Just Me and my OCD

This week, are are so honored to share the true story of Deborah, who battles OCD with a witty sense of humor and a kind heart. Deborah’s post below originally appeared on her personal blog, but it has been reproduced with her permission This is what my life looks like on Facebook. I have a…

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#NDEAM

I recently learned that October is National Disability Employment Awareness Month, or NDEAM. As many of you may know from my past blog posts, I previously worked as a job coach for an adult with autism, whom I will call Tom. Working with Tom was a dream– he was so kind-hearted, funny, dedicated, and driven…

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She Keeps Moving

This week, we are sharing the story of Evie, a 20-month-old girl who is rocking inclusion! Thanks to her mom, Michelle, for sharing their experience with us. A couple weeks ago I was picking Evie up from daycare and noticed a huge display in the lobby titled, “It’s okay to be different”. The entire focus promoting inclusion…

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Broadway Star Uses Voice for Inclusion

Late last week, I came across a New York Times article that told the story of a Broadway star who spoke up for inclusion. During a matinee performance of his show, “The King and I,” a child with autism became disruptive. After hearing so many other audience members complaining loudly, saying things like, “Why would…

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“They Didn’t Like Me”

Last week, I gave one of my first assignments to my English class– asking students to write a letter to their teachers, outlining their goals for this year and describing last year’s experience in school. One of the new students, who is new to our school this year, wrote, “At my old school, all of…

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And Another School Year Begins…

Tomorrow marks the start of the next school year– my second year of teaching. Though I would not want to repeat my first year, I am a bit envious of my one-year-ago self. She was about to embark on the most inspiring an powerful journey, during which she would meet students and families who would…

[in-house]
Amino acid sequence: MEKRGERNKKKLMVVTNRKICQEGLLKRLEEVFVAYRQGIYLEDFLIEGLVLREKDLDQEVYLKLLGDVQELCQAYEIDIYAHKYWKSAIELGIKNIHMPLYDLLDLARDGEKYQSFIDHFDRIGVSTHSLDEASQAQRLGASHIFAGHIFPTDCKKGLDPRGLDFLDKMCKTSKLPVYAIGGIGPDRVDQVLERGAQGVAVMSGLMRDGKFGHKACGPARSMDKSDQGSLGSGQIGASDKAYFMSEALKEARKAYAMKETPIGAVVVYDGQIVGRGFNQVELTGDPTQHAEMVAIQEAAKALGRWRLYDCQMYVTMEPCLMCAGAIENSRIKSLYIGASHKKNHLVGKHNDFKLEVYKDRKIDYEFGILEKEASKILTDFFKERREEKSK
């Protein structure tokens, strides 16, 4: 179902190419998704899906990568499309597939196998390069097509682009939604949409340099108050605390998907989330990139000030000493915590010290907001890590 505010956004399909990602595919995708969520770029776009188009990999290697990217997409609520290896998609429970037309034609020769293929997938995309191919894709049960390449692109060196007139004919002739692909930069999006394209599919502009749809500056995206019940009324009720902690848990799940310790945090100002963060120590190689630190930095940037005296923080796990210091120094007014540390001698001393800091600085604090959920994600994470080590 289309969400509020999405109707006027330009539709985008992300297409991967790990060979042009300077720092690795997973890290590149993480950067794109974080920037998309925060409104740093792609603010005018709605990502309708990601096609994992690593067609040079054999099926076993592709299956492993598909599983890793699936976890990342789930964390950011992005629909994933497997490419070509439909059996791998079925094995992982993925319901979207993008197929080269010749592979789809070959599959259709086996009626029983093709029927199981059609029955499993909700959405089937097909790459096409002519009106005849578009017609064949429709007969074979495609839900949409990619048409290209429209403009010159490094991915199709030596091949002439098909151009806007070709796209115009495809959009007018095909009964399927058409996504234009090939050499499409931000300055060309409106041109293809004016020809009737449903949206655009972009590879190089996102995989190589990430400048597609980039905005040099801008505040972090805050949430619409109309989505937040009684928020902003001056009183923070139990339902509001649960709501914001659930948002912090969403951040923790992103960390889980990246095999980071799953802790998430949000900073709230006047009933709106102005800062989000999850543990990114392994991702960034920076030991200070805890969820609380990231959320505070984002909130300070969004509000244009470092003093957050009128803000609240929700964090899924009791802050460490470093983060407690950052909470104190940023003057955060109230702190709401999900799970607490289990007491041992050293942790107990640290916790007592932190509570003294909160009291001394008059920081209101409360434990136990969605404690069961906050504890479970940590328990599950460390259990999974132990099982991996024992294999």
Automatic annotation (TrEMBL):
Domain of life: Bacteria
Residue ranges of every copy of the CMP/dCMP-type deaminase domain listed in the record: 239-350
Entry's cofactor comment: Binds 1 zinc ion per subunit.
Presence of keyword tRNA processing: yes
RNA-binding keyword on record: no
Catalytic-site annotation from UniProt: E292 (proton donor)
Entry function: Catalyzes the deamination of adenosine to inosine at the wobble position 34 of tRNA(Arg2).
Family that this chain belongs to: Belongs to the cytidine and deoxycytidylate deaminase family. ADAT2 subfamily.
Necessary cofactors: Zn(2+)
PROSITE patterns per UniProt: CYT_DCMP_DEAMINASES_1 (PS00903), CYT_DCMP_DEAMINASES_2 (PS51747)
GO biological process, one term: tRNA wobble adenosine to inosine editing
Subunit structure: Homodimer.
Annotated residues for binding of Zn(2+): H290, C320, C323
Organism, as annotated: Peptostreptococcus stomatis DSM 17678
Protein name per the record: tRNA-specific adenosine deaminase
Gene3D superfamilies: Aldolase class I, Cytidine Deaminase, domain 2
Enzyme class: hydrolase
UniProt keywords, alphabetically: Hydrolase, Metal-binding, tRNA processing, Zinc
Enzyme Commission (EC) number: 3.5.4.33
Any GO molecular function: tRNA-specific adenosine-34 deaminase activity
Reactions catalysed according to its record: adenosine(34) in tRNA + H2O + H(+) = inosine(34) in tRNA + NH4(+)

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Taking Control Over Your Emotions When Children Lose Control Over Theirs

I’ve experienced every emotion over the past few weeks, from revulsion to rage, when thinking about the recent federal lawsuit filed on behalf of the boy and girl from Kentucky who were handcuffed by a school resource officer in their school. I had a hard time finding the words I wanted to say. I was…

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Whose Kids Are They, Really?

“When you test your kids…” “I want to make sure your kids get what they need.” “What should we do about your kids?” As a special education teacher, I cannot count how many times I have heard general education teachers use some of the above phrases, referring to students with disabilities. As role models to the children with whom…

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The Importance of Social-Emotional Learning

Imagine a child with whom you have worked in the past who had significant difficulty regulating his or her emotions. Perhaps this child came into school or daycare after getting into an argument with a sibling, and he or she was highly aggressive with adults or other kids. Maybe the child is a camper who…

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Why (and Where) Kids with Disabilities Should Do Chores

A couple of months ago, I read a few posts on Big Blueberry Eyes, Love That Max, and BLOOM about kids with disabilities being required to do chores at school. It all began when Michelle, author of Big Blueberry Eyes, went to observe the class her daughter will be joining next year as she transitions…

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